(Note: Part one of my analysis of Jaco is here).
I would surmise that one of the reasons the myth of Jaco Pastorius has grown so large in the music world is because of the nature of his death. Yes, he died young, but he didn’t die because of his drug or alcohol habit; he died at the hands of a 25 year old bouncer who laid out a savage beatdown on him. The story itself is tragic, but what is equally tragic is that it is an unresolved story. Was Jaco on the verge of turning the corner and beginning the process of returning to greatness, or was this untimely end to be expected? It’s something we will never solve.
Reading about the beatdown was as bad as anything I’ve read in a book about the Civil War. Luc Havan, the bouncer who ended Jaco’s life, was trained in martial arts and held a third degree black belt in karate. On the night of this incident, Jaco tried to kick in a glass door at Midnight Bottle Club and may have said something derogatory towards Havan, but when Havan started throwing punches, Jaco gave up without any resistance. This is how it went down (from Milkowski, p. 264):
[Jaco’s] skull had been fractured; several facial bones were fractured; his right eye was ruptured and dislodged from its socket; and there was massive internal bleeding. The beating was so intense that Jaco’s teeth went through his lips, and Havan’s ring was imprinted on Jaco’s cheek. There was also heavy bleeding from Jaco’s ear, nose, and mouth. [I’ll also add that had Jaco lived, he would have permanently lost the use of his right eye and his left arm, according to his doctors].
In a sworn affidavit, Detective David C. Jones reported the following testimony from Havan:
In a sworn statement by defendant Havan, Pastorius began to kick the front door of the bottle club. Havan opened the door and Pastorius fled. Havan struck Pastorius with his right hand, causing Pastorius to fall and become unconscious. Havan turned from Pastorius and walked away, leaving him unconscious.
In an interview with the Miami Herald, Jones called bull:
Doctors said, “Sure, he could have received those injuries in a fall–if he fell five or six or seven times”… Both doctors agreed it was unlikely that Pastorius’s injuries were the result of a fall.
Havan served only four months in prison for this crime. In a 2006 interview, Havan continued to stick with his “one punch” story, claiming that that lone punch hit Jaco in the left temple (no mention is made of the imprint from Havan’s ring on Jaco’s cheek). Havan stated:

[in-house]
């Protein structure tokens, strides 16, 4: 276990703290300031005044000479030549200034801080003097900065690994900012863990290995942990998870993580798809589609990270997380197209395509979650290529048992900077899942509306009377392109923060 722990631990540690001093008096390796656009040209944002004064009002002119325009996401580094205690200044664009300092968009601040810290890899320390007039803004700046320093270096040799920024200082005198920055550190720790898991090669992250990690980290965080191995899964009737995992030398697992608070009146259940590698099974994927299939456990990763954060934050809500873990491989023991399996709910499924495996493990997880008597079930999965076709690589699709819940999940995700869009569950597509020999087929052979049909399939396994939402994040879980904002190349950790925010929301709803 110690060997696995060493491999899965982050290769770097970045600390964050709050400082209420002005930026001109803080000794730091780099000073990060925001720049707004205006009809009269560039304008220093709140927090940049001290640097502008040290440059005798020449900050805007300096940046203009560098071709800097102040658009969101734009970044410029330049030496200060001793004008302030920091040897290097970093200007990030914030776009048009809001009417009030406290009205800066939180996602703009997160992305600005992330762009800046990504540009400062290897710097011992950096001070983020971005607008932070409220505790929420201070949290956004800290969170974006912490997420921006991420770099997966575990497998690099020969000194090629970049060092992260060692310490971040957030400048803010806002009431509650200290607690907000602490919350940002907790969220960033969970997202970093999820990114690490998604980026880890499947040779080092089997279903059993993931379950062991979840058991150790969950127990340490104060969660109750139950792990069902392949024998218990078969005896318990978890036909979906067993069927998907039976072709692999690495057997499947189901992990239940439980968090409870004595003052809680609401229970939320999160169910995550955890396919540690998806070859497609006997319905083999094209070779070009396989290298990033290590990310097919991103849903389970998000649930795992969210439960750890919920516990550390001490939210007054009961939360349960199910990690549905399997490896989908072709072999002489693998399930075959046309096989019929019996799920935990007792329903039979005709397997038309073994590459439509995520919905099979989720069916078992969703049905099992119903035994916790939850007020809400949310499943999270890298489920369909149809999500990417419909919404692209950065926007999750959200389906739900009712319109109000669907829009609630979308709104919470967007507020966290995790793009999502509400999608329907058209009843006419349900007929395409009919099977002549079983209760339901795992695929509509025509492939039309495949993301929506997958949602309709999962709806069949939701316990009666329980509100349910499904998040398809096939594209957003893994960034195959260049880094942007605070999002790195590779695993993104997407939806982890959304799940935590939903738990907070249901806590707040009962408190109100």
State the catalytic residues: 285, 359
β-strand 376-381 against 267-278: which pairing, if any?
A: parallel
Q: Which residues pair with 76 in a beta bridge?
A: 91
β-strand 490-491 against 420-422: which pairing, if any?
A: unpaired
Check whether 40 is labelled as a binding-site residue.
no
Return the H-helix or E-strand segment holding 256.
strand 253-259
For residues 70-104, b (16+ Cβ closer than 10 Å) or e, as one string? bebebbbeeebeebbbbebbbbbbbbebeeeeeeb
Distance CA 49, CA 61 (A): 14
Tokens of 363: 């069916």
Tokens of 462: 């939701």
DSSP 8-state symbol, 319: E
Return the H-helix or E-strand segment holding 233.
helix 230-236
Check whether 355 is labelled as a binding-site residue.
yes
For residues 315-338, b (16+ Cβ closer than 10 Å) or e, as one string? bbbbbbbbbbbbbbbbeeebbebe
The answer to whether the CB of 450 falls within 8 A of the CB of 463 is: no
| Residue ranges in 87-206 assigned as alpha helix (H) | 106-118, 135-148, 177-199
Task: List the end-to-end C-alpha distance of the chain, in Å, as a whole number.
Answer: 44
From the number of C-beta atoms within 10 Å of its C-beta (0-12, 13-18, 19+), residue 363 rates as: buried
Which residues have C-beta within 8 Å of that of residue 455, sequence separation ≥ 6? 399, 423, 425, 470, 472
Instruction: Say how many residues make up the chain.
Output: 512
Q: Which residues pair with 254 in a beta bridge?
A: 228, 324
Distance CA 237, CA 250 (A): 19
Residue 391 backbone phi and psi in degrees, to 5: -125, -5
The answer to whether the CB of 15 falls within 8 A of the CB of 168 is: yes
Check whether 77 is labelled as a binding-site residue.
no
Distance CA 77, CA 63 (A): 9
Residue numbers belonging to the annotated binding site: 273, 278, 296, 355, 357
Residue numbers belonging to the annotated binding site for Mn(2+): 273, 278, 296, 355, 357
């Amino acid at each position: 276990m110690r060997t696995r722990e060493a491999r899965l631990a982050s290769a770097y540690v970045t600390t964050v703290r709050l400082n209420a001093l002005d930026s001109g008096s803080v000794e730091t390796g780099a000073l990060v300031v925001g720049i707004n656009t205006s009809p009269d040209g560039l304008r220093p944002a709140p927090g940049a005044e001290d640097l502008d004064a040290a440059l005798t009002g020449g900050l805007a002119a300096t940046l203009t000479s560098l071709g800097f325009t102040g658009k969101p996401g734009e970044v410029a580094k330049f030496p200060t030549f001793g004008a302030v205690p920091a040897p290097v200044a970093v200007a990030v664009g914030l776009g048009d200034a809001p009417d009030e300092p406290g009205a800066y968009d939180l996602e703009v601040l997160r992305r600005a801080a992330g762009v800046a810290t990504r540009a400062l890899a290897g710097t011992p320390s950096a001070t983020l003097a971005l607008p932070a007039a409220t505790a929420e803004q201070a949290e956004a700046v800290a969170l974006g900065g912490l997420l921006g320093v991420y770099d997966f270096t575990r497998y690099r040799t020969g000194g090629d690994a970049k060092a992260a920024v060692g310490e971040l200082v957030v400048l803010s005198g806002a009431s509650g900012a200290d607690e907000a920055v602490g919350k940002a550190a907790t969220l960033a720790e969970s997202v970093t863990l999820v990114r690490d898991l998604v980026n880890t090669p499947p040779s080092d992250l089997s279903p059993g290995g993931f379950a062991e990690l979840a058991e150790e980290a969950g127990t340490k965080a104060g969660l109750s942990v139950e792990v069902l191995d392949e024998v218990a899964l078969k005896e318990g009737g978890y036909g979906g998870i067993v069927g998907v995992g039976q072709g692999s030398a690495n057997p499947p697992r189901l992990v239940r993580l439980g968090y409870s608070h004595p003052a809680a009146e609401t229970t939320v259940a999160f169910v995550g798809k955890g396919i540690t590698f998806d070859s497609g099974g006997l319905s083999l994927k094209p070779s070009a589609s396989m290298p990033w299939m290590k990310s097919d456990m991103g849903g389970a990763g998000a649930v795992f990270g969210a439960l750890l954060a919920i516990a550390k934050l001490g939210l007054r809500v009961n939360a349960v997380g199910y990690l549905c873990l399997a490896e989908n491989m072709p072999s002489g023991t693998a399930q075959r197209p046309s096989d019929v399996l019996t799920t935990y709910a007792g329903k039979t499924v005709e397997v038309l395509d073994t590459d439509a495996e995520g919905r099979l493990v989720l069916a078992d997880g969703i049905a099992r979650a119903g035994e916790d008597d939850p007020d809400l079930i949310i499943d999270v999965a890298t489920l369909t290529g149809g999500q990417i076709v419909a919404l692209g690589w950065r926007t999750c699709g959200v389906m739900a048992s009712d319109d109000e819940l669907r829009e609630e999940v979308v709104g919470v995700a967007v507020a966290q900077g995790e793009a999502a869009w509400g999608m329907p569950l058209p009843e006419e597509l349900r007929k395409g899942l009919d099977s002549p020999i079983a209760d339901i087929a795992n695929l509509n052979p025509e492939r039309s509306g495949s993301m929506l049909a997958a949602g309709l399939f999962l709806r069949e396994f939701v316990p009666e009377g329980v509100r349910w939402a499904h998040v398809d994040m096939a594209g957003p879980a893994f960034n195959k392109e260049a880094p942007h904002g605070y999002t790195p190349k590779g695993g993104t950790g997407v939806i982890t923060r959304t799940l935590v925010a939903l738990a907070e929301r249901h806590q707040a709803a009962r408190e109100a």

That’s where I admitted to hitting him, and that’s where he got hit. But his major fracture was on the right side when he fell. The other side of his head hit the ledge by the door. A person who wasn’t an alcoholic or drug addict but was of average health would have recuperated, because it wasn’t that bad of an injury… But because he was in bad health living on the street and not eating a good diet, it made it worse.
I’ll let you decide whether or not having your eye dislodged out of its socket isn’t “that bad of an injury.”
Havan concluded with this:
[Havan] hasn’t made an attempt to apologize to the family since his time in court, saying he doesn’t want to bother them after his first attempt was rebuffed. “The apology is as much to apologize to them as to make me feel better,” he says. “Dealing with life after being involved with this is as important as their loss.”
I certainly understand the guilt that Havan must feel from this tragedy. The dude is now 50 and he must live with the memories of that night for the rest of his life. Ultimately, he will have to answer for his actions to his maker someday, so in that regard I don’t support heaping more scorn onto Havan. He may be a perfectly normal, law-abiding citizen. Perhaps he now has his own family to raise. I don’t know. However, I can’t help but think that this guy doesn’t get it. He is still trying to absolve himself of this crime, and I find the rationalizations made in this 2006 interview pitiful. Jaco started it, so I finished it. I tried to help him, but he wouldn’t listen to me, so I took the problem into my own hands without calling others for help. Jaco died because he was unhealthy; anybody could have recovered from those injuries. I tried making an apology to the Pastorius family after trying to shift the blame for Jaco’s death onto Jaco himself. They didn’t accept my apology, so I’m not going to do anything else to rectify the situation now.
Jaco Pastorius had four kids. Following Havan’s release from jail, Ingrid Pastorius, Jaco’s second wife, remarked that “he served one month for each child he left fatherless.” Was justice served in this instance?
I’d say no way.
[Update, 12/22/15: In the time since I wrote this post it has been the most popular thing I have ever written on this website, by far. I wrote it not because I’m an expert music historian but simply because I’m a Jaco fan who wanted to know more about the circumstances of his death and share my findings with others. While some comments have been respectful expressions of sadness or reminisces about Jaco’s life and the astounding influence of his music, I receive far more comments on a regular basis from people calling for Luc Havan’s death and/or criticizing me for not doing the same in this piece. While I understand the anger and frustration over the injustice of the case, I think it’s a waste of time to go down that path. I’ve decided to shut down the comments for this post indefinitely. Thanks for reading.]